- Discount: Certain insurance companies may offer you a discount if you drive a hybrid car.
- Energy-efficient braking: The hybrid car technology captures kinetic energy during braking and transfers it back to the battery. It is regenerative and this not only extends the battery life but also gives you better fuel economy.
- Lightweight cars: Most hybrids weigh less than their counterparts as they are built with lightweight materials and the engines are smaller in size. These engines are light as well as highly efficient.
- Better resale price: Hybrid versions may get you a better resale value whether you sell or trade after a few years than a conventional vehicle.
Cons of Hybrid Cars
- Performance: A hybrid car is built to save fuel and not to perform like a speed monster and do lack when you compare them to others. These cars do not have performance tuning and fittings and do not have a high speeding or output capacity. You may also find the handling of hybrid cars not on par with other models due to the uneven weight distribution of battery pack location.
- Expensive: Hybrid cars are more costly than conventional vehicles. The total vehicle cost would be more when you consider higher maintenance and the cost of replacement or repair. All mechanics may not know how to repair hybrid and those who know may charge higher rates for maintenance.
Best Hybrid Cars In Canada
In Canada, you may find hybrid cars of all sizes from 2 seater compacts to 8 seater SUVs, midsize hatchbacks or sedans, etc. Some of the best hybrid cars in Canada are as follows:
The Ford Fusion has a 2 liter Atkinson cycle 4 cylinder engine with 141 hp and an electric motor with 118 hp. A battery that has a 1.4 kWh ion charges the electric motor and also during braking. The drive is comfortable with large 18-inch large wheels too with nicely weighted steering.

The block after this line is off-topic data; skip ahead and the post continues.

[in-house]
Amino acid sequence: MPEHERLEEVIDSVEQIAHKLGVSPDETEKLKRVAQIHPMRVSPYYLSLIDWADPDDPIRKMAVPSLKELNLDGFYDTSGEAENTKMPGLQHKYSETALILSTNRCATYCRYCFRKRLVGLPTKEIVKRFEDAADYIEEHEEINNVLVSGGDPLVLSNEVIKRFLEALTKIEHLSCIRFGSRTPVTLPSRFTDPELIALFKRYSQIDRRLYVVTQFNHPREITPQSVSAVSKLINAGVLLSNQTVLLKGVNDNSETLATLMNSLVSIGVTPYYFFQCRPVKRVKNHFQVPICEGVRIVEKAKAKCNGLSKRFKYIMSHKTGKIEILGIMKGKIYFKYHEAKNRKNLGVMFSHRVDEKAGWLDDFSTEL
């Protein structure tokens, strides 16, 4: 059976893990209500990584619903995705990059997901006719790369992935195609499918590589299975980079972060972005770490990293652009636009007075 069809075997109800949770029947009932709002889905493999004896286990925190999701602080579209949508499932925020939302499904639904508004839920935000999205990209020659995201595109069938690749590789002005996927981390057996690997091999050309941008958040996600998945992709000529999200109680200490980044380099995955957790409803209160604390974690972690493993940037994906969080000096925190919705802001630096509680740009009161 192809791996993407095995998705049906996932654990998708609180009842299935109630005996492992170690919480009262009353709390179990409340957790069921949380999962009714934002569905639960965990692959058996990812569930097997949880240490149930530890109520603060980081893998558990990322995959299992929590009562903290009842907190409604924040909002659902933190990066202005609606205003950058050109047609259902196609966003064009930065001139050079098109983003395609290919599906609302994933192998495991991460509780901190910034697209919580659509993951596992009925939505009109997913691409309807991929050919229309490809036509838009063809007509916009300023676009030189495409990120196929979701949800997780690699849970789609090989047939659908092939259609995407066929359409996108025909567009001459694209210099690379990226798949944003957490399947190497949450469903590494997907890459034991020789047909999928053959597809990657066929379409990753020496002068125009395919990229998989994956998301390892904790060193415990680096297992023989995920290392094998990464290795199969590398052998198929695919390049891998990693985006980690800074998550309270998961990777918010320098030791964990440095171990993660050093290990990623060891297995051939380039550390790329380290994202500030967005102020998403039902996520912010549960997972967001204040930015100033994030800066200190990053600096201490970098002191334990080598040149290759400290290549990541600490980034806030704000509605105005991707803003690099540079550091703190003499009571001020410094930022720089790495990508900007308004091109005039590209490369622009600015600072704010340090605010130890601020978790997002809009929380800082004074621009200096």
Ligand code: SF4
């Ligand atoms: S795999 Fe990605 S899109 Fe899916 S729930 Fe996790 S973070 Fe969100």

The Toyota Prius is one to take on the lead in hybrid cars early and is most commonly seen on roads. It has a 1.8 liter 4 cylinder engine with 121 hp that runs on gas with 2 electric motors. One of the motors is also a generator and charges the lithium-ion battery pack. The driving comfort and handling are better with spacious cargo and passenger space.
The Chevrolet Volt has 2 electric motors for 149 hp and the engine runs on gasoline. Though it looks like a sedan it is actually a hatchback that has a folding rear seat. It has a powertrain that has efficient and better speeding.
Honda Accord Hybrid
With a lightweight and smaller size motor, the Honda Accord hybrid has a powertrain with 143 hp and 232 pound-feet of torque. It has a 2 liter inline Atkinson cycle engine with 181 hp. Due to the smaller battery, the trunk has more cargo space.
This hybrid car gives a seamless driving experience when it easily switches from motor to gasoline engine and also has better fuel economy. The Chevrolet Malibu does have good safety features that are usually not in other midsize hybrid cars. It has a 1.8 liter 4 cylinder engine with 122 hp and a smaller battery pack with 1.5 kWh and is a midsize sedan.